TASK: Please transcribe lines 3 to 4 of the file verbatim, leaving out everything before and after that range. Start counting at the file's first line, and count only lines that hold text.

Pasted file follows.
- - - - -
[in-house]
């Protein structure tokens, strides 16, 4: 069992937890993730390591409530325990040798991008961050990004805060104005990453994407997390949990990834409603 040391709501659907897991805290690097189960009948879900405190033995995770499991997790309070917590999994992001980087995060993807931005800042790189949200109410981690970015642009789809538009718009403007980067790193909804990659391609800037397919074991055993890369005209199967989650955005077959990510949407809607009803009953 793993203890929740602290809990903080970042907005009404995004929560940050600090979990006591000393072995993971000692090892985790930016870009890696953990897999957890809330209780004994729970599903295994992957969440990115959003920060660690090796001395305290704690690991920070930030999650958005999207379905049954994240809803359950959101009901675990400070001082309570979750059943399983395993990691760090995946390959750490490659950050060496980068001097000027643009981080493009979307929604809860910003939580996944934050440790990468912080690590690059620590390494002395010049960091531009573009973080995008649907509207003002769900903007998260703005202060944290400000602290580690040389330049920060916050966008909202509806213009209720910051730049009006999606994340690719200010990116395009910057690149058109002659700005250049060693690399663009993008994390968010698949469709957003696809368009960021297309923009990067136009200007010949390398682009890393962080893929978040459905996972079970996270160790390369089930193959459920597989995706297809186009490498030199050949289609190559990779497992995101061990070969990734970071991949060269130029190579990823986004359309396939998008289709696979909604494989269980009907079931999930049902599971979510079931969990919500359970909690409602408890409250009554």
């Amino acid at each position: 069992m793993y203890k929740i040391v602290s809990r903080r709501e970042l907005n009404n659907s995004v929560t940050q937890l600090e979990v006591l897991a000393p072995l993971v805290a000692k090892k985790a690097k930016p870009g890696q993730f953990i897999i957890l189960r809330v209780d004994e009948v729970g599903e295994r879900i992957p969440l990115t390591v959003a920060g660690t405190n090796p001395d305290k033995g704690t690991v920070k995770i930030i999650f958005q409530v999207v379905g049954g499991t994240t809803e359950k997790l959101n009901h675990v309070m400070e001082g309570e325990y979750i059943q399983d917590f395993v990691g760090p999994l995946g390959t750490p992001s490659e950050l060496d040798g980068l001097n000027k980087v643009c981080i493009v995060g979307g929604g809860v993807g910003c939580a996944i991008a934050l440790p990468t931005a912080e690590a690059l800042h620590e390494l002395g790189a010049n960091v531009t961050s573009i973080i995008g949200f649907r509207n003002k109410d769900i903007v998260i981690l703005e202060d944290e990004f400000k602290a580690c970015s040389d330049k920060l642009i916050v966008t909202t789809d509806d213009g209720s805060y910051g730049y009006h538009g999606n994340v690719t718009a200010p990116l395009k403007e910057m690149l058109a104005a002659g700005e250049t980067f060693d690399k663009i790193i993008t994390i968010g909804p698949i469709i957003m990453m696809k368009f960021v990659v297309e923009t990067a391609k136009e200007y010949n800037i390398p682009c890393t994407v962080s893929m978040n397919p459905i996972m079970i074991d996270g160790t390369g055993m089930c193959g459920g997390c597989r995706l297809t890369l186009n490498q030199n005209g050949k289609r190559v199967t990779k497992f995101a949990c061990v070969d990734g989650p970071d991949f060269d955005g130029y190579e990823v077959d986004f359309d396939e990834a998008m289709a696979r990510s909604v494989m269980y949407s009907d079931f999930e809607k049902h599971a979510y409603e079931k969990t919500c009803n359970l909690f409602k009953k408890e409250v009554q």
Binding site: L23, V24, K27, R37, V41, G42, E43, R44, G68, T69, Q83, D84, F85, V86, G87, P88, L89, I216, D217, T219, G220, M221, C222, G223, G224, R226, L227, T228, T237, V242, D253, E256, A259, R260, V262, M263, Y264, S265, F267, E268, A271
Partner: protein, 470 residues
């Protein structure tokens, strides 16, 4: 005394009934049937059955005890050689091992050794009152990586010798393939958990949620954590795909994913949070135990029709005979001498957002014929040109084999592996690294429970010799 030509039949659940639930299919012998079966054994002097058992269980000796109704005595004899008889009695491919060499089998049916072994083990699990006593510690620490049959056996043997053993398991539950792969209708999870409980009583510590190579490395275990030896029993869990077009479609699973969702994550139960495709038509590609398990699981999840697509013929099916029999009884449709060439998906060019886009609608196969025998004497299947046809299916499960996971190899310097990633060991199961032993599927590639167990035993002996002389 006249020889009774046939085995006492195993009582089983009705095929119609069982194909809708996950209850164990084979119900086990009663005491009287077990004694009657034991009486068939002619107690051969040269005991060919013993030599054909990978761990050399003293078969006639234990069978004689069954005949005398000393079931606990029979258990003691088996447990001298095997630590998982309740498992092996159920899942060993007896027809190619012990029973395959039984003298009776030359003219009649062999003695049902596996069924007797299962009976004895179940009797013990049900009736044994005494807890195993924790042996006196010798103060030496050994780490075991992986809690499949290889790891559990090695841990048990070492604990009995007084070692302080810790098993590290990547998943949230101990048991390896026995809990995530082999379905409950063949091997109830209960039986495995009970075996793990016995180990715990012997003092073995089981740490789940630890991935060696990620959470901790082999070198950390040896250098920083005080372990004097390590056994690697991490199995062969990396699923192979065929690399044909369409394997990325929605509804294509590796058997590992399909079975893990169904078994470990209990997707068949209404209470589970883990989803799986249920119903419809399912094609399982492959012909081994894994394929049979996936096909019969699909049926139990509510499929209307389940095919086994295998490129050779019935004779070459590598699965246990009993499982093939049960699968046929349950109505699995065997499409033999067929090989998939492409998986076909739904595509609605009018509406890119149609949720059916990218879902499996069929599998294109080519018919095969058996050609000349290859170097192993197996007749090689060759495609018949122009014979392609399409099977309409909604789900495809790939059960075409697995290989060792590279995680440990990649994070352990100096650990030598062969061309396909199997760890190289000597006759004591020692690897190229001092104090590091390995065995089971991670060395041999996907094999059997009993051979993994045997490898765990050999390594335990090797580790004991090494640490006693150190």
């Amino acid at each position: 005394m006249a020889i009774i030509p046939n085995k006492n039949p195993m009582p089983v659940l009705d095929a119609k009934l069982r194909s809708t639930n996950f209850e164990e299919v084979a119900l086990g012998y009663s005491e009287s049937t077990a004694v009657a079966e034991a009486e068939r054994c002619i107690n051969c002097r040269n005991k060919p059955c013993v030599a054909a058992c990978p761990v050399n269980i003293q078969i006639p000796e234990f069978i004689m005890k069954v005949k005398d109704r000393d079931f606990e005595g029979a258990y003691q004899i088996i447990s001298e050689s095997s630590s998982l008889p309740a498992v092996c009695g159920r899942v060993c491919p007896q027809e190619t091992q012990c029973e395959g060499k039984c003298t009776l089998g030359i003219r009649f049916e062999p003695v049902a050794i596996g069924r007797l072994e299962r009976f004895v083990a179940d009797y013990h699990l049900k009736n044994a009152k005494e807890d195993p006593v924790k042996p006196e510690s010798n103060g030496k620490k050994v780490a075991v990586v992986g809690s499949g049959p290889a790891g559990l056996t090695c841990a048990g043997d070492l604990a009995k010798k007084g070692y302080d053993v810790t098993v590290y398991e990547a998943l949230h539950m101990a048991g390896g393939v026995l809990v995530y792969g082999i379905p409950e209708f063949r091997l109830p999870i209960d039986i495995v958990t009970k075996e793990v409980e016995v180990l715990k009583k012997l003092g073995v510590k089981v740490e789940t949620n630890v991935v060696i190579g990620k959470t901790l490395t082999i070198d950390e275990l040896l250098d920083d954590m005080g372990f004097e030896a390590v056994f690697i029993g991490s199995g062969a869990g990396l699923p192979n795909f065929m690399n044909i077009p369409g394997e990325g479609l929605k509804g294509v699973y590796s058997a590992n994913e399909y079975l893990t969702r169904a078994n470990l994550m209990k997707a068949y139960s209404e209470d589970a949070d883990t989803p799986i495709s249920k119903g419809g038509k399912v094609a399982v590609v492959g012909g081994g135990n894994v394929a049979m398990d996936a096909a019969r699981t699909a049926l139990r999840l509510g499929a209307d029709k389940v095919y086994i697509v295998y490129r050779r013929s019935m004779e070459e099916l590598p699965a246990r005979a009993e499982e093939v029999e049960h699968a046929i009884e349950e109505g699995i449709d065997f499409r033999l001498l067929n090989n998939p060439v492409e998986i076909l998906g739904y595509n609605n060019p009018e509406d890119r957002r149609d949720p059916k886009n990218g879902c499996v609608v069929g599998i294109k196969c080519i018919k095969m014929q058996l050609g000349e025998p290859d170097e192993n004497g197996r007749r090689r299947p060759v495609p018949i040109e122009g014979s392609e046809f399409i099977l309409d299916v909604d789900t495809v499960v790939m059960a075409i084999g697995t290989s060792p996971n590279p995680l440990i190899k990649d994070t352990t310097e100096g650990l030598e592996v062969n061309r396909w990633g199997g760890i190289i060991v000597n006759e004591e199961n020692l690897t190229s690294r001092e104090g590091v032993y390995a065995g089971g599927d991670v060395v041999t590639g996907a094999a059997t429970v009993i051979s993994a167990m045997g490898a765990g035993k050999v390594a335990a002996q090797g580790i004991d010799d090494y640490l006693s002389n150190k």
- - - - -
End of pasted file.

């Amino acid at each position: 069992m793993y203890k929740i040391v602290s809990r903080r709501e970042l907005n009404n659907s995004v929560t940050q937890l600090e979990v006591l897991a000393p072995l993971v805290a000692k090892k985790a690097k930016p870009g890696q993730f953990i897999i957890l189960r809330v209780d004994e009948v729970g599903e295994r879900i992957p969440l990115t390591v959003a920060g660690t405190n090796p001395d305290k033995g704690t690991v920070k995770i930030i999650f958005q409530v999207v379905g049954g499991t994240t809803e359950k997790l959101n009901h675990v309070m400070e001082g309570e325990y979750i059943q399983d917590f395993v990691g760090p999994l995946g390959t750490p992001s490659e950050l060496d040798g980068l001097n000027k980087v643009c981080i493009v995060g979307g929604g809860v993807g910003c939580a996944i991008a934050l440790p990468t931005a912080e690590a690059l800042h620590e390494l002395g790189a010049n960091v531009t961050s573009i973080i995008g949200f649907r509207n003002k109410d769900i903007v998260i981690l703005e202060d944290e990004f400000k602290a580690c970015s040389d330049k920060l642009i916050v966008t909202t789809d509806d213009g209720s805060y910051g730049y009006h538009g999606n994340v690719t718009a200010p990116l395009k403007e910057m690149l058109a104005a002659g700005e250049t980067f060693d690399k663009i790193i993008t994390i968010g909804p698949i469709i957003m990453m696809k368009f960021v990659v297309e923009t990067a391609k136009e200007y010949n800037i390398p682009c890393t994407v962080s893929m978040n397919p459905i996972m079970i074991d996270g160790t390369g055993m089930c193959g459920g997390c597989r995706l297809t890369l186009n490498q030199n005209g050949k289609r190559v199967t990779k497992f995101a949990c061990v070969d990734g989650p970071d991949f060269d955005g130029y190579e990823v077959d986004f359309d396939e990834a998008m289709a696979r990510s909604v494989m269980y949407s009907d079931f999930e809607k049902h599971a979510y409603e079931k969990t919500c009803n359970l909690f409602k009953k408890e409250v009554q």
Binding site: L23, V24, K27, R37, V41, G42, E43, R44, G68, T69, Q83, D84, F85, V86, G87, P88, L89, I216, D217, T219, G220, M221, C222, G223, G224, R226, L227, T228, T237, V242, D253, E256, A259, R260, V262, M263, Y264, S265, F267, E268, A271